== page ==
John Terry Discusses Latest Status on New Chelsea Contract

Ben BlackmoreFeatured ColumnistOctober 22, 2013

LONDON, ENGLAND - OCTOBER 19: Chelsea captain John Terry in action during the Barclays Premier League match between Chelsea and Cardiff City at Stamford Bridge on October 19, 2013 in London, England.  (Photo by Scott Heavey/Getty Images)
Scott Heavey/Getty Images

John Terry will leave his future in the hands of Jose Mourinho but admits he hopes to impress enough this season to earn a new contract at Chelsea.

Terry is enjoying something of a career renaissance under Mourinho, who has restored the centre-back as Chelsea’s lynchpin in defence.

However, Neil McLeman of the Daily Mirror reports that Terry has less than a year left on his current deal and is hoping injuries or loss of form don’t prevent him extending his stay:

For me, it’s about playing. That’s the most important thing. That takes care of itself (the contract).

The manager was honest with me at the start of the season: You play well and stay fit, you’re in the side.

If I get injured, everything’s up in the air. We don’t really know. But now I’m playing well.

Hopefully everything else takes care of itself.

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There is little doubt Terry has reinstated himself as the most integral part of Chelsea’s defence this season, losing only one of the nine games he has started in all competitions, per ESPNFC.

He was an unused substitute in Chelsea’s worst result of the campaign to date—the home defeat to Basel—and also played only eight minutes of their Super Cup loss to Bayern Munich.

David Luiz continues to infuriate Jose Mourinho with crazy errors like the one committed in their last outing against Cardiff, while Gary Cahill looks the more suitable foil to Terry’s authoritative style.

At 32 years of age, it is questionable whether Terry’s best years are behind him, while his fitness must remain a concern after spending long periods on the sidelines last season.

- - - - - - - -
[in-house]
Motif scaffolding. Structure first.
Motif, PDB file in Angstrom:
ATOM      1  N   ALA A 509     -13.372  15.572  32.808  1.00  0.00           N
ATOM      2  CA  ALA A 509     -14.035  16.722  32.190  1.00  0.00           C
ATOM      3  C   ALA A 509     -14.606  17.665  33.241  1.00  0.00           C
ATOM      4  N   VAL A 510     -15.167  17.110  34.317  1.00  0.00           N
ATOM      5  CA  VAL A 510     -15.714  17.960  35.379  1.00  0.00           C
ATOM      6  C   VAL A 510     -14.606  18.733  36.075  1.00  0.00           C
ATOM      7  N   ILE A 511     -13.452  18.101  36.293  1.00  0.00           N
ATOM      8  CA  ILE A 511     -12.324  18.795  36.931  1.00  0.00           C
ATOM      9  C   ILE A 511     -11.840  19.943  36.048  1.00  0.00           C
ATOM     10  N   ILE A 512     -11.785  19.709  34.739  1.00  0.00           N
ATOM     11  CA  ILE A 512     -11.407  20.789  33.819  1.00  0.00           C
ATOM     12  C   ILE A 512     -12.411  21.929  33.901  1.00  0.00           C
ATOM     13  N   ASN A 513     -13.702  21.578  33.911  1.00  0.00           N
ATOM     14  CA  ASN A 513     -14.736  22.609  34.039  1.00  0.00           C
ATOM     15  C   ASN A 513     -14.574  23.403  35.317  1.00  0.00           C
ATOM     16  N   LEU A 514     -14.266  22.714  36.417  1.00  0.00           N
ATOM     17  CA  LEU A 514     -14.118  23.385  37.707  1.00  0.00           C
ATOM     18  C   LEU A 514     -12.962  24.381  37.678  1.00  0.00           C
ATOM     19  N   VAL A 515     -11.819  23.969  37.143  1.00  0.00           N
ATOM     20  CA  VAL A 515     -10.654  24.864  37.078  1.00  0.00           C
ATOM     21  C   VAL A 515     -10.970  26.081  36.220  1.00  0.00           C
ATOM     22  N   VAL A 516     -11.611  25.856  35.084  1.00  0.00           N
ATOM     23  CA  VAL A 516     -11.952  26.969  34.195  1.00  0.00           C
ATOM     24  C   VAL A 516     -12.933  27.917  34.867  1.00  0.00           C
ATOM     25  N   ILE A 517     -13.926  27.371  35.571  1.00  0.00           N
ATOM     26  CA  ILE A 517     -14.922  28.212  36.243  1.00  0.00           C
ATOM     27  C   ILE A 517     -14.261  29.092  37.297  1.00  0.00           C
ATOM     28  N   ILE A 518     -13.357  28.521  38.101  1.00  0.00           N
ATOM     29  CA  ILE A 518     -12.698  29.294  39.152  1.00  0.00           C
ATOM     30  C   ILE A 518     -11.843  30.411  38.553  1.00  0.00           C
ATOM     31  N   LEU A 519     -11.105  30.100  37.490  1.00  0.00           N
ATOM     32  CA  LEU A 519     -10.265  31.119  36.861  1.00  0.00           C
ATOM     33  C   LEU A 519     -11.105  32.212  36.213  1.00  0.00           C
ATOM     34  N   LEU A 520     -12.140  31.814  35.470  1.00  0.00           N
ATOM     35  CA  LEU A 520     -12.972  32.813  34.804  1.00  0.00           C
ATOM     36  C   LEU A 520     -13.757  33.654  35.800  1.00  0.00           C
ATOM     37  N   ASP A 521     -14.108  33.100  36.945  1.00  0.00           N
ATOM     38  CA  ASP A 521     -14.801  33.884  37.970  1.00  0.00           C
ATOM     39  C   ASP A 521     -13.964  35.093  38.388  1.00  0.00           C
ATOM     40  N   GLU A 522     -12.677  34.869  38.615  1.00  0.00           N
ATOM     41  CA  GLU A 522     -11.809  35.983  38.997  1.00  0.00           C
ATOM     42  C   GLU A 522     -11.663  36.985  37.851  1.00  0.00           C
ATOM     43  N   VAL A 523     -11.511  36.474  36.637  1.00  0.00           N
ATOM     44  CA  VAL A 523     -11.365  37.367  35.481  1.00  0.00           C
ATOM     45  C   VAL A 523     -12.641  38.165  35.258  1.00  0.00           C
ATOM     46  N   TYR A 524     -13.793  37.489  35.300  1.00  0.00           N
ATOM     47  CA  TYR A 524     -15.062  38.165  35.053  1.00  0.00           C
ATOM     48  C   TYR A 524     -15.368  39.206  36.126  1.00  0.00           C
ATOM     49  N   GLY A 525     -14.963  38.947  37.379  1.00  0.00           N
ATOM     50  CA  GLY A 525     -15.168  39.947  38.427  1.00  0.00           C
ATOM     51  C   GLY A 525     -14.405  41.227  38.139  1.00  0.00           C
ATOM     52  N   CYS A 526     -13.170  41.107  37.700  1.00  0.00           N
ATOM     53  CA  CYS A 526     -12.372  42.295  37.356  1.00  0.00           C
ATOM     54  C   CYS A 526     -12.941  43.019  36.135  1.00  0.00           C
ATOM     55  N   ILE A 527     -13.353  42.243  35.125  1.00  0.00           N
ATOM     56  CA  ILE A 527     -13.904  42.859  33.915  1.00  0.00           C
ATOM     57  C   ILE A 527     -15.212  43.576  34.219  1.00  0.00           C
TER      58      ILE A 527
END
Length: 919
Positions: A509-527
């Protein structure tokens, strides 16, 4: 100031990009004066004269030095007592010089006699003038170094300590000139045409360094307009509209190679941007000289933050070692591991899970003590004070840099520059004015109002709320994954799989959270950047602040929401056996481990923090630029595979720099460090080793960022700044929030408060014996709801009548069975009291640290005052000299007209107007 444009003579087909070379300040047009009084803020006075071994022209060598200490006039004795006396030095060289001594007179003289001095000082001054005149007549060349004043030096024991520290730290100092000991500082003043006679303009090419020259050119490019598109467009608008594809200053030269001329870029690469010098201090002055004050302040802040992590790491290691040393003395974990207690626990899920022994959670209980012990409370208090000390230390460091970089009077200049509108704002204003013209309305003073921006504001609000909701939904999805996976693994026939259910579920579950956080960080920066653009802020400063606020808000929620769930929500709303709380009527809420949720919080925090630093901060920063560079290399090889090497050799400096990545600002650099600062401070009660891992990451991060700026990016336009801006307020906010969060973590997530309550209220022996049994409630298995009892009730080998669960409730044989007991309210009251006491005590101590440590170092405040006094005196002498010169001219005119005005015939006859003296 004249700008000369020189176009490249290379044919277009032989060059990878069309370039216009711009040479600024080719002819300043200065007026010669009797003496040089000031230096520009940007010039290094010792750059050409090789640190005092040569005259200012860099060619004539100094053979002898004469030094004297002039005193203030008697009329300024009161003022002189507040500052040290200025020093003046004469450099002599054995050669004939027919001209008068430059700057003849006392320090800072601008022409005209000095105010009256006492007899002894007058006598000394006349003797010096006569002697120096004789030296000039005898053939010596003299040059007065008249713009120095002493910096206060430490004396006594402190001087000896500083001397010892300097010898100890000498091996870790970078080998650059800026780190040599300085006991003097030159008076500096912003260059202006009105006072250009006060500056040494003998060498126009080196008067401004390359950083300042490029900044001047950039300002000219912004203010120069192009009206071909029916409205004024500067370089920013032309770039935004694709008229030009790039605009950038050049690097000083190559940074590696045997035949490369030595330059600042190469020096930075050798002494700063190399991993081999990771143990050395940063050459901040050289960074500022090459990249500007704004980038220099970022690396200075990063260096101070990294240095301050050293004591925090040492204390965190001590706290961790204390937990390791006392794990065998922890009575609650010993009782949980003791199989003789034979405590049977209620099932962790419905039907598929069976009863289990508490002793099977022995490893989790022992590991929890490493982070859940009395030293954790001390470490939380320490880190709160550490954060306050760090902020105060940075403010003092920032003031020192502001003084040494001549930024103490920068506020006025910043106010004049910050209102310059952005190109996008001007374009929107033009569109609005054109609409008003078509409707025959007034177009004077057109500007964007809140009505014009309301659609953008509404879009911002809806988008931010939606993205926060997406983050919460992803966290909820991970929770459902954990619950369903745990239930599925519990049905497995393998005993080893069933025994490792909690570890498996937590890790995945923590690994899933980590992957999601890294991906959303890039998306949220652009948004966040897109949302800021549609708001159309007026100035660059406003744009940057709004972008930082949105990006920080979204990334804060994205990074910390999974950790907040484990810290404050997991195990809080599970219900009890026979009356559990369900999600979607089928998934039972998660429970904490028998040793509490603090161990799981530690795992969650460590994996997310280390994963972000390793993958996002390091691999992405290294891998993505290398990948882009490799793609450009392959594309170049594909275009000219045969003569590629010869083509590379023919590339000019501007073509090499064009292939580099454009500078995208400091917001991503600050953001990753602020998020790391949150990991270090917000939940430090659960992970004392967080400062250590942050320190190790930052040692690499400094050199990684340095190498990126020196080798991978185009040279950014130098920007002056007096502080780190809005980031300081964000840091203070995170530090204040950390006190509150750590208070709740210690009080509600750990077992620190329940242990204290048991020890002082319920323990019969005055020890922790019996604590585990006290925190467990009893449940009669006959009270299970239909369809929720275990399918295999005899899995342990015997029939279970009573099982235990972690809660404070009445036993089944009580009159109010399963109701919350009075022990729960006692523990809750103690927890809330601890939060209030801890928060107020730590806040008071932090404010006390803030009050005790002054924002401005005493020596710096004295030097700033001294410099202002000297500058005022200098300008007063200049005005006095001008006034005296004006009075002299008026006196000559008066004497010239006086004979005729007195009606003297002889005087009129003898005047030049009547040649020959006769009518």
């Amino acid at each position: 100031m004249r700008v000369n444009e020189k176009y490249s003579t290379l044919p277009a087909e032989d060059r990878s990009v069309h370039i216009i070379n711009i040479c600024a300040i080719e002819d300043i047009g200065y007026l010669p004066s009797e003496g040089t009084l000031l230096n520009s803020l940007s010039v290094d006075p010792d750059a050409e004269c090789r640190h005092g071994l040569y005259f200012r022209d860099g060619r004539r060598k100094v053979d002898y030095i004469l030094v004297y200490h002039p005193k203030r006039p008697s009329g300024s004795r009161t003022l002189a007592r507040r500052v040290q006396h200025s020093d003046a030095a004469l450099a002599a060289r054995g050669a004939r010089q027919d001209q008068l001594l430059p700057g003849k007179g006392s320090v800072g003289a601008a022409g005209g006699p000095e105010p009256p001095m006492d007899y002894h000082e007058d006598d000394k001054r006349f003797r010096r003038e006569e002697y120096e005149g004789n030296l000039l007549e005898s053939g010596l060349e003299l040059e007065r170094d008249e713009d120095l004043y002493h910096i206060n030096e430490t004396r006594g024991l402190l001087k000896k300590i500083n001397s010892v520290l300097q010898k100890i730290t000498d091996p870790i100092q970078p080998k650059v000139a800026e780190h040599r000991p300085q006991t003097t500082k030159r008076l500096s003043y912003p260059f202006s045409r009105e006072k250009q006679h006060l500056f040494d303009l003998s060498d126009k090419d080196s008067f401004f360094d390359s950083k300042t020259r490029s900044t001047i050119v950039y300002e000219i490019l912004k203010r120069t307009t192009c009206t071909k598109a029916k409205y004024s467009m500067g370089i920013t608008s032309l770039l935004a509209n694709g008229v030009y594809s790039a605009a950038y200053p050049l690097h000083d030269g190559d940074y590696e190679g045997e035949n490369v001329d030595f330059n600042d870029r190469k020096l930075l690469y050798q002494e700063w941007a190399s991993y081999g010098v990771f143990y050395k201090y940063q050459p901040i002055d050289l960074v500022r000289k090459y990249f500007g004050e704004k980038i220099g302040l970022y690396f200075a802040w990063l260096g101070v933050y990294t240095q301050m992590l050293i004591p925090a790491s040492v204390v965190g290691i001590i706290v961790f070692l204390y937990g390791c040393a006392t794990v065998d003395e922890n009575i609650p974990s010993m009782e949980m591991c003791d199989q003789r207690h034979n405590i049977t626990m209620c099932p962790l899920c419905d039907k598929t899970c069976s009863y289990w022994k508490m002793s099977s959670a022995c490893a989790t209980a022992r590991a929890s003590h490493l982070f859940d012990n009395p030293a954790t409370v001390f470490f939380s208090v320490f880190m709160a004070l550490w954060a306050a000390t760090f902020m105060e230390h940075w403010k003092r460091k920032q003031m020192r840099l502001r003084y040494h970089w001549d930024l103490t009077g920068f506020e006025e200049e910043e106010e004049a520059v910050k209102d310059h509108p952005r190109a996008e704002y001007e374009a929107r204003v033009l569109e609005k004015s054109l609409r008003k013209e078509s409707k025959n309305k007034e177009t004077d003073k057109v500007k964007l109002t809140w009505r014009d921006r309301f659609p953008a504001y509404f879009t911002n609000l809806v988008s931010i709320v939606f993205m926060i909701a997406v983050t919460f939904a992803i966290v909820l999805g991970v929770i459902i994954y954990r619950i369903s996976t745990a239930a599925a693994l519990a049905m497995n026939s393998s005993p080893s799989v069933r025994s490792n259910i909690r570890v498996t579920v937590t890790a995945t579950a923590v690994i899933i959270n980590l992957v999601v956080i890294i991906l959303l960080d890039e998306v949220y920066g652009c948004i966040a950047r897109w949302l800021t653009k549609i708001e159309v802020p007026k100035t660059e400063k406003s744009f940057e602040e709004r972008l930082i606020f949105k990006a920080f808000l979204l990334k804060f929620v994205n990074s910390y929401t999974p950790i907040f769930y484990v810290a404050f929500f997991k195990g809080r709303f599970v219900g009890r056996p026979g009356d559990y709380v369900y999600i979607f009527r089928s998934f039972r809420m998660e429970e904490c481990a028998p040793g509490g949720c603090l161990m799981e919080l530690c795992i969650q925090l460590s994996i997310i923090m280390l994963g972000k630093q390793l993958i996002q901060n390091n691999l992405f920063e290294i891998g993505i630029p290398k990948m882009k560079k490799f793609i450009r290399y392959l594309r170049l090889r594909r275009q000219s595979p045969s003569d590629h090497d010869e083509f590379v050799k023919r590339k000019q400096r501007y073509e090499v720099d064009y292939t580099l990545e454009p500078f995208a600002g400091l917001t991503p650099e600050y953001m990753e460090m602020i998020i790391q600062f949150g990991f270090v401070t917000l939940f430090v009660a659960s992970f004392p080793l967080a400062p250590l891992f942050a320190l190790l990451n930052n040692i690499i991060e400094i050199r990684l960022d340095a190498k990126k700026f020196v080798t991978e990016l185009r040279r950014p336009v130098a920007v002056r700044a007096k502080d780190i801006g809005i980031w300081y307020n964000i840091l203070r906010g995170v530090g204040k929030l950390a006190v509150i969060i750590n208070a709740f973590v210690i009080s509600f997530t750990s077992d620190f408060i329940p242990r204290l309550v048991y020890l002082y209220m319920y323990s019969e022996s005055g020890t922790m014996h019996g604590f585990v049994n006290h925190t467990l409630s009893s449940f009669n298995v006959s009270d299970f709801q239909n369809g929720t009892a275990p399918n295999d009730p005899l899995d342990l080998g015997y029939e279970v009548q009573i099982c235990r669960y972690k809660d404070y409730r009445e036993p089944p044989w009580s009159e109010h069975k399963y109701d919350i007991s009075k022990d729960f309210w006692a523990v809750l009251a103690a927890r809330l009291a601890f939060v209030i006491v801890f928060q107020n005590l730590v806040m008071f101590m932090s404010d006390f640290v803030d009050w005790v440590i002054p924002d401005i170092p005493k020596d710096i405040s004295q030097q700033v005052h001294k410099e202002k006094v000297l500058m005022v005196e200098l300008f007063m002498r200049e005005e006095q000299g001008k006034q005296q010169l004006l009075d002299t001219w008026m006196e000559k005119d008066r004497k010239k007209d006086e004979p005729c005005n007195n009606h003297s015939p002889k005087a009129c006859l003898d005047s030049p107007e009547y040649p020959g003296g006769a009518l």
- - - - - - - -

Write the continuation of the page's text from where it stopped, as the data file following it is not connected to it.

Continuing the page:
However, there is no doubt the organisation and cohesiveness of the Chelsea back four is vastly superior when the former England man plays. Terry credits Mourinho with restoring the faith lost under previous boss Rafael Benitez.

McLeman provides the quotes:

He (Mourinho) came in and laid the law down, saying, "Listen. It’s pretty simple. You play well, you’re in the side. If not, you won’t play."

When I was playing well last year, scoring, I didn’t maintain my place as well. So it was quite frustrating.

But the manager’s been great for me. He’s very honest with us, as individuals and collectively. My career is where it is because of this man sitting next to me.

Mourinho’s one note of caution should be Terry’s advancing years.

At Manchester United, Rio Ferdinand is showing signs of decline this term, aged 35, so Chelsea need to introduce a long-term replacement to the squad.

By handing Terry a new contract, which he surely will, Mourinho can buy himself time to give a new defender—perhaps the heavily linked Eliaquim Mangala—a year to bed in before taking the reins from Chelsea’s skipper.